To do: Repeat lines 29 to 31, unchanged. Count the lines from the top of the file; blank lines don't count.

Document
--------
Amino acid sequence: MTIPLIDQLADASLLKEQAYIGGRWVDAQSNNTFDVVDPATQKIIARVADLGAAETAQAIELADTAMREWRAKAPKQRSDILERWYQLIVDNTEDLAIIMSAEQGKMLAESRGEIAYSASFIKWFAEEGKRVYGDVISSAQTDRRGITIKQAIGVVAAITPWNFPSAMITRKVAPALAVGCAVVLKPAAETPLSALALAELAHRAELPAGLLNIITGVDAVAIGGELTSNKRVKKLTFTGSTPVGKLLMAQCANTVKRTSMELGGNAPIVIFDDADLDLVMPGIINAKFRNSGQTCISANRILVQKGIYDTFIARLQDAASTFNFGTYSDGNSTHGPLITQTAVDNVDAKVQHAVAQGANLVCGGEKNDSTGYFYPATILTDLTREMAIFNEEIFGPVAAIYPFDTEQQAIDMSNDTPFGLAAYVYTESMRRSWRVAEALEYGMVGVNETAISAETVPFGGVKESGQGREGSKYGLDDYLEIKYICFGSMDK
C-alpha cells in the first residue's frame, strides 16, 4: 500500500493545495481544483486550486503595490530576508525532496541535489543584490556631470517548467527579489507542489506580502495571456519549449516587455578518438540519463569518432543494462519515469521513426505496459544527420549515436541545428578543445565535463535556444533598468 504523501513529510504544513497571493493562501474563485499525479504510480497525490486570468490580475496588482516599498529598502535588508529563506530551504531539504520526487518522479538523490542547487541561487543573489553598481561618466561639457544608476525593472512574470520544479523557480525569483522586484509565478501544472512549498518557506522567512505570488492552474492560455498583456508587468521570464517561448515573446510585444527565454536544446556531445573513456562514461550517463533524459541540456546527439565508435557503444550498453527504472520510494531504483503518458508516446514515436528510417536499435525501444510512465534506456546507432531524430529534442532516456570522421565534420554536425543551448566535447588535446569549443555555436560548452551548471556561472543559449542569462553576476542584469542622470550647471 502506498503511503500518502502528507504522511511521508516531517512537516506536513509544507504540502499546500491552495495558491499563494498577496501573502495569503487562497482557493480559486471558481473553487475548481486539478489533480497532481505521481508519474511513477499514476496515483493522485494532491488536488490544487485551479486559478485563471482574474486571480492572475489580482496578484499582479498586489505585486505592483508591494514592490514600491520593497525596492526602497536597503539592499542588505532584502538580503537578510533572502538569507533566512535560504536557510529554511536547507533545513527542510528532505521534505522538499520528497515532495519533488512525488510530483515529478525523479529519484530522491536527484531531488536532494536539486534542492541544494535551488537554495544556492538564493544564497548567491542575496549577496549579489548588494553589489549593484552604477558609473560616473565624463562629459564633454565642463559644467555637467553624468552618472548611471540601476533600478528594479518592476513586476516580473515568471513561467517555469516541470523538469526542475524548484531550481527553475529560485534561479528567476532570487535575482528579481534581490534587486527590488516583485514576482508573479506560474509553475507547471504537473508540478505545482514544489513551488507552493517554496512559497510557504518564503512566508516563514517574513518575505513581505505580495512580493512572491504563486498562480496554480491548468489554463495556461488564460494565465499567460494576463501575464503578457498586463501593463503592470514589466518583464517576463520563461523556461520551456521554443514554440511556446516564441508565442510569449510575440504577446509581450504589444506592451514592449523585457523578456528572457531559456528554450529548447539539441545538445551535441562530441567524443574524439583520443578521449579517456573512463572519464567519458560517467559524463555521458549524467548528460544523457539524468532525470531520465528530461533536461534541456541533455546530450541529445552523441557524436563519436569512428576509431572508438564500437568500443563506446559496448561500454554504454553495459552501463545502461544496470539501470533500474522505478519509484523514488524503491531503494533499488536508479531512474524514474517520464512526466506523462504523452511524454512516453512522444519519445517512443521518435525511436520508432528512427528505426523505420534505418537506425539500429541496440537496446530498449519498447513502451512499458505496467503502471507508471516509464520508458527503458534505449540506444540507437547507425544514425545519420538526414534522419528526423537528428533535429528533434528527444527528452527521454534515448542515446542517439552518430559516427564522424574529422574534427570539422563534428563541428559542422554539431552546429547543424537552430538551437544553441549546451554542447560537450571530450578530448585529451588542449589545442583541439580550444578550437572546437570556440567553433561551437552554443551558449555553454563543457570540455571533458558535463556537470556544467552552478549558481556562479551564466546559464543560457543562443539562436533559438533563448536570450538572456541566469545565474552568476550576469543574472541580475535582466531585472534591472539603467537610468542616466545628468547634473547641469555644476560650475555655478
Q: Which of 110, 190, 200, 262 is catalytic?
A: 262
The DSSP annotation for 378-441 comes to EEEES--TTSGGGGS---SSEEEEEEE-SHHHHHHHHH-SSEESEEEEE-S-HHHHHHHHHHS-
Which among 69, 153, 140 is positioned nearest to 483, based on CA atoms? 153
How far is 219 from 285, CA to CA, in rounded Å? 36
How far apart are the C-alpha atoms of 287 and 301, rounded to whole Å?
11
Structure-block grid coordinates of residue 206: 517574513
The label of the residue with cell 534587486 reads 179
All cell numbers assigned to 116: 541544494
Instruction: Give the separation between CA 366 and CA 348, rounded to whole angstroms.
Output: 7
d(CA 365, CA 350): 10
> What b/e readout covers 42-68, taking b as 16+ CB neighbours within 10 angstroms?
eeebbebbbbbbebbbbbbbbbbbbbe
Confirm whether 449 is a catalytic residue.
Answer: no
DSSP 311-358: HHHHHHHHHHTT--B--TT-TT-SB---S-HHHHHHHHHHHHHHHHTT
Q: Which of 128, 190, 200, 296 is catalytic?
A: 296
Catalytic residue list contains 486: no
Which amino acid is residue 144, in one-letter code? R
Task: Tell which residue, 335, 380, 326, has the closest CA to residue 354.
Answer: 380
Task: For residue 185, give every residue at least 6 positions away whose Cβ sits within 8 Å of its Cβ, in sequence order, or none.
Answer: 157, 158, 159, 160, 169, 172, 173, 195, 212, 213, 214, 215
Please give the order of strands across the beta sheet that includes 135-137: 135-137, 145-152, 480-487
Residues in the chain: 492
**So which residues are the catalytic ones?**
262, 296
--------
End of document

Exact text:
Please give the order of strands across the beta sheet that includes 135-137: 135-137, 145-152, 480-487
Residues in the chain: 492
**So which residues are the catalytic ones?**